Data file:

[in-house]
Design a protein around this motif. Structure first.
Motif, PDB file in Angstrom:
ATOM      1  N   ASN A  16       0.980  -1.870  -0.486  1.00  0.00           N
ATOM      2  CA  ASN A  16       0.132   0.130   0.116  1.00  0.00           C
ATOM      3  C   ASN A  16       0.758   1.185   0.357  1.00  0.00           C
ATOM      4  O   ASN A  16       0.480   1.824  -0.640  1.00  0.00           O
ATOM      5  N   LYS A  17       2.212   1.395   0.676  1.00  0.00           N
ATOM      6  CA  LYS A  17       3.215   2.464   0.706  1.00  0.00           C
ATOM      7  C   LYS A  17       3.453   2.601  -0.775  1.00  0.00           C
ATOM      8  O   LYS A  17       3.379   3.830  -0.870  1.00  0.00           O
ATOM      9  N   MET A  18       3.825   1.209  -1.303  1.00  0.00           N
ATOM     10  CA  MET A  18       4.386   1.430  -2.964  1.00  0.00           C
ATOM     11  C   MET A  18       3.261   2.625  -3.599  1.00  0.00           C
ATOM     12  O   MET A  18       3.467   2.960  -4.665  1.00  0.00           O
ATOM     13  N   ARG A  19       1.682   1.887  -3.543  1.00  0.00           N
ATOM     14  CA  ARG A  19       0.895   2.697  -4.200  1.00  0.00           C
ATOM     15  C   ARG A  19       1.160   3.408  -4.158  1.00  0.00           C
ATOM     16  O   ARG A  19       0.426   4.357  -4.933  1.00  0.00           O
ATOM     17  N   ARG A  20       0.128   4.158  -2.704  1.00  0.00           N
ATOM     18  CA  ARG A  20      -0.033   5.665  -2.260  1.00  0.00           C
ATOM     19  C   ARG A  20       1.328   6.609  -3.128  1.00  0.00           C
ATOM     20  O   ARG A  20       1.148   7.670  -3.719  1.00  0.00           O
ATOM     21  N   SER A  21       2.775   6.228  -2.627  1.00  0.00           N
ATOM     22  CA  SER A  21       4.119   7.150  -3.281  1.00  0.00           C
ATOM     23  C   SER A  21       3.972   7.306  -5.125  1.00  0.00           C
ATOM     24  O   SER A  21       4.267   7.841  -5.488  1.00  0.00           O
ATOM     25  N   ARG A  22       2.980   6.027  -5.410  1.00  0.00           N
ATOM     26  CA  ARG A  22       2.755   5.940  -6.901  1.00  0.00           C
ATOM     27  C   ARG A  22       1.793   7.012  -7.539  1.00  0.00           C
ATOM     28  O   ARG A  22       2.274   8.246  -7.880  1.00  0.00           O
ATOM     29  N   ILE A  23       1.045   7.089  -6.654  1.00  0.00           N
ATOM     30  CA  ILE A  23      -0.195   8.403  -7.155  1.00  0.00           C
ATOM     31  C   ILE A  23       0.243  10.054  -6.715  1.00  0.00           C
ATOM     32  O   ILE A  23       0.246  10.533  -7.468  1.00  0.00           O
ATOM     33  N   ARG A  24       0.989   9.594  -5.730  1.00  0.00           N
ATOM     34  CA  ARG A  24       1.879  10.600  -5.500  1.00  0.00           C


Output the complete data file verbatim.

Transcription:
[in-house]
Design a protein around this motif. Structure first.
Motif, PDB file in Angstrom:
ATOM      1  N   ASN A  16       0.980  -1.870  -0.486  1.00  0.00           N
ATOM      2  CA  ASN A  16       0.132   0.130   0.116  1.00  0.00           C
ATOM      3  C   ASN A  16       0.758   1.185   0.357  1.00  0.00           C
ATOM      4  O   ASN A  16       0.480   1.824  -0.640  1.00  0.00           O
ATOM      5  N   LYS A  17       2.212   1.395   0.676  1.00  0.00           N
ATOM      6  CA  LYS A  17       3.215   2.464   0.706  1.00  0.00           C
ATOM      7  C   LYS A  17       3.453   2.601  -0.775  1.00  0.00           C
ATOM      8  O   LYS A  17       3.379   3.830  -0.870  1.00  0.00           O
ATOM      9  N   MET A  18       3.825   1.209  -1.303  1.00  0.00           N
ATOM     10  CA  MET A  18       4.386   1.430  -2.964  1.00  0.00           C
ATOM     11  C   MET A  18       3.261   2.625  -3.599  1.00  0.00           C
ATOM     12  O   MET A  18       3.467   2.960  -4.665  1.00  0.00           O
ATOM     13  N   ARG A  19       1.682   1.887  -3.543  1.00  0.00           N
ATOM     14  CA  ARG A  19       0.895   2.697  -4.200  1.00  0.00           C
ATOM     15  C   ARG A  19       1.160   3.408  -4.158  1.00  0.00           C
ATOM     16  O   ARG A  19       0.426   4.357  -4.933  1.00  0.00           O
ATOM     17  N   ARG A  20       0.128   4.158  -2.704  1.00  0.00           N
ATOM     18  CA  ARG A  20      -0.033   5.665  -2.260  1.00  0.00           C
ATOM     19  C   ARG A  20       1.328   6.609  -3.128  1.00  0.00           C
ATOM     20  O   ARG A  20       1.148   7.670  -3.719  1.00  0.00           O
ATOM     21  N   SER A  21       2.775   6.228  -2.627  1.00  0.00           N
ATOM     22  CA  SER A  21       4.119   7.150  -3.281  1.00  0.00           C
ATOM     23  C   SER A  21       3.972   7.306  -5.125  1.00  0.00           C
ATOM     24  O   SER A  21       4.267   7.841  -5.488  1.00  0.00           O
ATOM     25  N   ARG A  22       2.980   6.027  -5.410  1.00  0.00           N
ATOM     26  CA  ARG A  22       2.755   5.940  -6.901  1.00  0.00           C
ATOM     27  C   ARG A  22       1.793   7.012  -7.539  1.00  0.00           C
ATOM     28  O   ARG A  22       2.274   8.246  -7.880  1.00  0.00           O
ATOM     29  N   ILE A  23       1.045   7.089  -6.654  1.00  0.00           N
ATOM     30  CA  ILE A  23      -0.195   8.403  -7.155  1.00  0.00           C
ATOM     31  C   ILE A  23       0.243  10.054  -6.715  1.00  0.00           C
ATOM     32  O   ILE A  23       0.246  10.533  -7.468  1.00  0.00           O
ATOM     33  N   ARG A  24       0.989   9.594  -5.730  1.00  0.00           N
ATOM     34  CA  ARG A  24       1.879  10.600  -5.500  1.00  0.00           C